By way of a staggering deception, Karou has taken control of the chimaera rebellion and is intent on steering its course away from dead-end vengeance. The future rests on her, if there can even be a future for the chimaera in war-ravaged Eretz.
Common enemy, common cause.
When Jael’s brutal seraph army trespasses into the human world, the unthinkable becomes essential, and Karou and Akiva must ally their enemy armies against the threat. It is a twisted version of their long-ago dream, and they begin to hope that it might forge a way forward for their people.
And, perhaps, for themselves. Toward a new way of living, and maybe even love.
But there are bigger threats than Jael in the offing. A vicious queen is hunting Akiva, and, in the skies of Eretz … something is happening. Massive stains are spreading like bruises from horizon to horizon; the great winged stormhunters are gathering as if summoned, ceaselessly circling, and a deep sense of wrong pervades the world.
What power can bruise the sky?
From the streets of Rome to the caves of the Kirin and beyond, humans, chimaera and seraphim will fight, strive, love, and die in an epic theater that transcends good and evil, right and wrong, friend and enemy.
At the very barriers of space and time, what do gods and monsters dream of? And does anything else matter?
There was a lot going on in this book, and I don’t know if it was all good. The first part of it backtracked into the Epilogue of the second book, which I was a bit confused about at first, but ended up really enjoying. I did not however, like the new character Eliza. I actually kind of hated her, not because of her personally, but because it took forever to figure out why she was significant and she would bust into the story – with pretty boring little side notes – and interrupt major relationship/battle/climactic events. Once we finally figure out who she is, I was still like “ok? I get why this is helpful, but I still don’t understand why we had to deal with her interruptions the whole time.” I think the message could have been provided without having to have her in the story, she felt frivolous to me.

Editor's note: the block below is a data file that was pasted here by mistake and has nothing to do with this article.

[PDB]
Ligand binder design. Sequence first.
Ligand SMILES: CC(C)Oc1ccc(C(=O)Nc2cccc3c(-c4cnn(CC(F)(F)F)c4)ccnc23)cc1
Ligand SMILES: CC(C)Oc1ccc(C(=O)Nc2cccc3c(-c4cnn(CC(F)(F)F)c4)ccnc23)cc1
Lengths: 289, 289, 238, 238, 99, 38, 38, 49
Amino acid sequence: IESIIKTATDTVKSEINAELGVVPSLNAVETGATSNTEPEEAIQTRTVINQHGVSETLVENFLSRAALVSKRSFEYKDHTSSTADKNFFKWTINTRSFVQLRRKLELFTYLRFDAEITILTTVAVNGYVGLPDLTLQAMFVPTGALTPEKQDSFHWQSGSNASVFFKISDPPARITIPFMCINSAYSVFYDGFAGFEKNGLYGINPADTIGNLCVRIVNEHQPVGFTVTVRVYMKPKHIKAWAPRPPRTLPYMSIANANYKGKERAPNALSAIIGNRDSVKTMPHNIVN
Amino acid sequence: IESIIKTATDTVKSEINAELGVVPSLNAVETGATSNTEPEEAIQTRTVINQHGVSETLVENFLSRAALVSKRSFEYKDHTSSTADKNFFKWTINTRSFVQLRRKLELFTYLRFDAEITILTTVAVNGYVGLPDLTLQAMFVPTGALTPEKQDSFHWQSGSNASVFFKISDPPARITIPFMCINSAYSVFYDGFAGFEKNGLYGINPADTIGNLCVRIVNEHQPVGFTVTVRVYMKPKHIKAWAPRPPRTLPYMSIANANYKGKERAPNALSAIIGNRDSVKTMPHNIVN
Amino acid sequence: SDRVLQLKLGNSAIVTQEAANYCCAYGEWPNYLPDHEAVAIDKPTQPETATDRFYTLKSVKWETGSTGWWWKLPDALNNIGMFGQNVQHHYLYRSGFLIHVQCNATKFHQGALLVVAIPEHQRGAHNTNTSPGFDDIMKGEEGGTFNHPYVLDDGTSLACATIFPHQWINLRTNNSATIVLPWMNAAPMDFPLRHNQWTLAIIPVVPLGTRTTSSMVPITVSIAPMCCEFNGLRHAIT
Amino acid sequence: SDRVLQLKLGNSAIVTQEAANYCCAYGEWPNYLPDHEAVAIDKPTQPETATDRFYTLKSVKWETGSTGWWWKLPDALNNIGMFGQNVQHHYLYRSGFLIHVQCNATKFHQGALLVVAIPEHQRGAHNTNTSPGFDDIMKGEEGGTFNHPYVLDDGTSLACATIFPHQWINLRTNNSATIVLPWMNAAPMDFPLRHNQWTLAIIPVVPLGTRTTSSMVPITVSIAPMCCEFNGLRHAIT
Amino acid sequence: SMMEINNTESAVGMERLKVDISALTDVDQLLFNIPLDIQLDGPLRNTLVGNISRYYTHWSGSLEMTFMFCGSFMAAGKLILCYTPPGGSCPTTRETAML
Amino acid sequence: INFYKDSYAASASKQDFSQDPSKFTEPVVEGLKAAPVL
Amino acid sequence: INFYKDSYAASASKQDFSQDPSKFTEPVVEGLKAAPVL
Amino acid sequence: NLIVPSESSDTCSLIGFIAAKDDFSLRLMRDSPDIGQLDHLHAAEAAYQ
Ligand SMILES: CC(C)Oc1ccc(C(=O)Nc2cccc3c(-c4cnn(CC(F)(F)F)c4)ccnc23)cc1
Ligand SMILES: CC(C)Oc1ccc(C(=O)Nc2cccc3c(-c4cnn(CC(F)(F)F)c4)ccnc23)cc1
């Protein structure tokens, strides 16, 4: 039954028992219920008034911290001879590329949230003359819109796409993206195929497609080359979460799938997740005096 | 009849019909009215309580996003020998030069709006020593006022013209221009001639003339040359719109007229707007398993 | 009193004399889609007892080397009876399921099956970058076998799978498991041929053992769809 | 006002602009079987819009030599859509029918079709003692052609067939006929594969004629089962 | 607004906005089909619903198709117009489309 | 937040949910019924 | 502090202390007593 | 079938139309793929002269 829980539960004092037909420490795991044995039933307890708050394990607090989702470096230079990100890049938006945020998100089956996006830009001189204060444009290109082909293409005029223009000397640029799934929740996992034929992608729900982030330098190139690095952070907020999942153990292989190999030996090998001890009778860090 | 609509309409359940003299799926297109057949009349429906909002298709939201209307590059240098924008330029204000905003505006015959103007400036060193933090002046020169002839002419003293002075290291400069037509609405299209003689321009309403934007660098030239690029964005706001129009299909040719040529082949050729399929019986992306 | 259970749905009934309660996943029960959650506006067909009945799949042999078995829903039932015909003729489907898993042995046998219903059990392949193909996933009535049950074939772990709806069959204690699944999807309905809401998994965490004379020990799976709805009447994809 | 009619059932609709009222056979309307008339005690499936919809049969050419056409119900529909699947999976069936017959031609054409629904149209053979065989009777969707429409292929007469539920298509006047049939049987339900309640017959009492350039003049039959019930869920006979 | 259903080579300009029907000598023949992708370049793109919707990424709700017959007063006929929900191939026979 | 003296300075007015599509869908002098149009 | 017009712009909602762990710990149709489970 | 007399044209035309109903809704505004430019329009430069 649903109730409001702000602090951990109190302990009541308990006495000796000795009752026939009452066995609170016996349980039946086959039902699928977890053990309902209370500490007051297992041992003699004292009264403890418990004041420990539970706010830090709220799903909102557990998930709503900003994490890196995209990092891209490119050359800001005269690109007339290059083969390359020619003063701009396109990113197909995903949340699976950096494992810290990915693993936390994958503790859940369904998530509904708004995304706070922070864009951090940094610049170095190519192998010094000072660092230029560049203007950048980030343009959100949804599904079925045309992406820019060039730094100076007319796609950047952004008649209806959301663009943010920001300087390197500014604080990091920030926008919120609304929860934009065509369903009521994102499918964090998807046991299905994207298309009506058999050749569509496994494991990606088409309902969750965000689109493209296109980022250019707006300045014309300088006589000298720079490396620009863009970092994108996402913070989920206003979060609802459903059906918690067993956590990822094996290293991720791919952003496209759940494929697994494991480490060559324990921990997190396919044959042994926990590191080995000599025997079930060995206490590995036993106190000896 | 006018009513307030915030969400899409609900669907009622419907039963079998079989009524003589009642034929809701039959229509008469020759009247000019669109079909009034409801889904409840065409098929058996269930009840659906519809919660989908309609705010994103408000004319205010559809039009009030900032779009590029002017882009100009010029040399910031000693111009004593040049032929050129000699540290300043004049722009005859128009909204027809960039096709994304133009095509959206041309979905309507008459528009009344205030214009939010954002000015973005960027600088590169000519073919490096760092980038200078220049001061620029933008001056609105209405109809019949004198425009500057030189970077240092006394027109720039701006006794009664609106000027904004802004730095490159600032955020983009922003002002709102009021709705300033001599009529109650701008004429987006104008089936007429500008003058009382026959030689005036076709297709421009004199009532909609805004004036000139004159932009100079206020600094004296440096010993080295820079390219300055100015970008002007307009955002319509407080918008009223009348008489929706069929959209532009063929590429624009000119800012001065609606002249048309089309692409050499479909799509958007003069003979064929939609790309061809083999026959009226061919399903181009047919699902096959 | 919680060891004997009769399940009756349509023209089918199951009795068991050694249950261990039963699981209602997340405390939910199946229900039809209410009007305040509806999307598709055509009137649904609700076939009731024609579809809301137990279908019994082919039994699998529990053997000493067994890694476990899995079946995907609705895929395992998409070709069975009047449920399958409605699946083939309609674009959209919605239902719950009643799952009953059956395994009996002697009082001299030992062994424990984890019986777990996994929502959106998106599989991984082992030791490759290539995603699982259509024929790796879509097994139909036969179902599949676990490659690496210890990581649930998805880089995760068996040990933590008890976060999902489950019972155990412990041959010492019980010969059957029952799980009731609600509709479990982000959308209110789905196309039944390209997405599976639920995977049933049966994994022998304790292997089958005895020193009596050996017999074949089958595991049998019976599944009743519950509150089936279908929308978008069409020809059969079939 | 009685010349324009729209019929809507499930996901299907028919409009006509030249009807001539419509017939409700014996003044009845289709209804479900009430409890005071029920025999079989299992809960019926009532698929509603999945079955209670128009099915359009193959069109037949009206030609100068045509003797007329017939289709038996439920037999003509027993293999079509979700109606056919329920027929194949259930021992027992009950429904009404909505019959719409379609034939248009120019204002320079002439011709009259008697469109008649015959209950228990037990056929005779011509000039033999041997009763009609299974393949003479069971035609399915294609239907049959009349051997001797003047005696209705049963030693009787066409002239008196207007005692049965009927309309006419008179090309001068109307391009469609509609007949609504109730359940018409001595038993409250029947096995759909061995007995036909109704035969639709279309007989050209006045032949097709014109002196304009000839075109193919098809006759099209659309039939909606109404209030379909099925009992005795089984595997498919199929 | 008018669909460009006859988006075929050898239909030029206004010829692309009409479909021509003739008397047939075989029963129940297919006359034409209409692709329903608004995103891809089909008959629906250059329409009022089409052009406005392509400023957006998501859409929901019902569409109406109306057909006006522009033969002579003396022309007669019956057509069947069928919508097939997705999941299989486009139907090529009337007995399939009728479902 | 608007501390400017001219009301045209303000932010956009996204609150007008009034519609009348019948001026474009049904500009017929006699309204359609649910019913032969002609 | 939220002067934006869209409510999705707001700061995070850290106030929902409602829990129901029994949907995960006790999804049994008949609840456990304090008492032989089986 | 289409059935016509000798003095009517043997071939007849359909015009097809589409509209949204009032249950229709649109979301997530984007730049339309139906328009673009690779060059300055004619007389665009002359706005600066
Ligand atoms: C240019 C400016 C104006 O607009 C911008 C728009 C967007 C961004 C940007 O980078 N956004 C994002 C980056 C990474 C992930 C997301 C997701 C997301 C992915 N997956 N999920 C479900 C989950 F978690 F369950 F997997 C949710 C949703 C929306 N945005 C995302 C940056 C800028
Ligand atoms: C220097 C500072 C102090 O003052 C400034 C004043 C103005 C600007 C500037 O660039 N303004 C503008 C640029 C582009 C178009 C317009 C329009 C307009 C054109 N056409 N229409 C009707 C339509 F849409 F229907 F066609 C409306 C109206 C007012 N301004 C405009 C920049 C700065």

I’m glad that Karou and Akiva finally get back together, and even though it’s a pretty slow rekindling, it makes sense. I mean, they are in the middle of a war here, it’s not like they have time for a long conversation to hash out details and nights alone to reforge their bond. But it worked, and both of them worked better once they had figured out the details between themselves.
Honestly, the best part of this book was Ziri and how he dealt with being in the wolfs body. It was really interesting to see how he changed the wolf, and it showed how smart and capable he was. I also liked he and Liraz’s developing relationship – my wish from the second book with came true!
The deal with the Stelians also kind of got on my nerves. Taylor just introduced so many new things into the last book, I thought it got a bit muddled at times. Though, we finally get to see where Akiva is from and whatnot, I just wish there had been some more foreshadowing/information in the second book, it was all still pretty vague then.
Then we have the angles in the human world seeking weapons, the discovery of Karou’s chimera hideout and its corpses, Zuze and Mik (who I really like), stupid Razgut, and this thing with the doorways between the worlds and the monsters that threaten to destroy Eratz and then move on to Earth. There is just so much!
Overall, I liked it, but the second one was my favorite. The ending was satisfactory, it wasn’t the happiest it could have been, but it fit the story and didn’t leave me wanting. It did seem to set up for a spin off series though, and I’m not sure I will invest in those, I enjoyed these books, but I didn’t love them.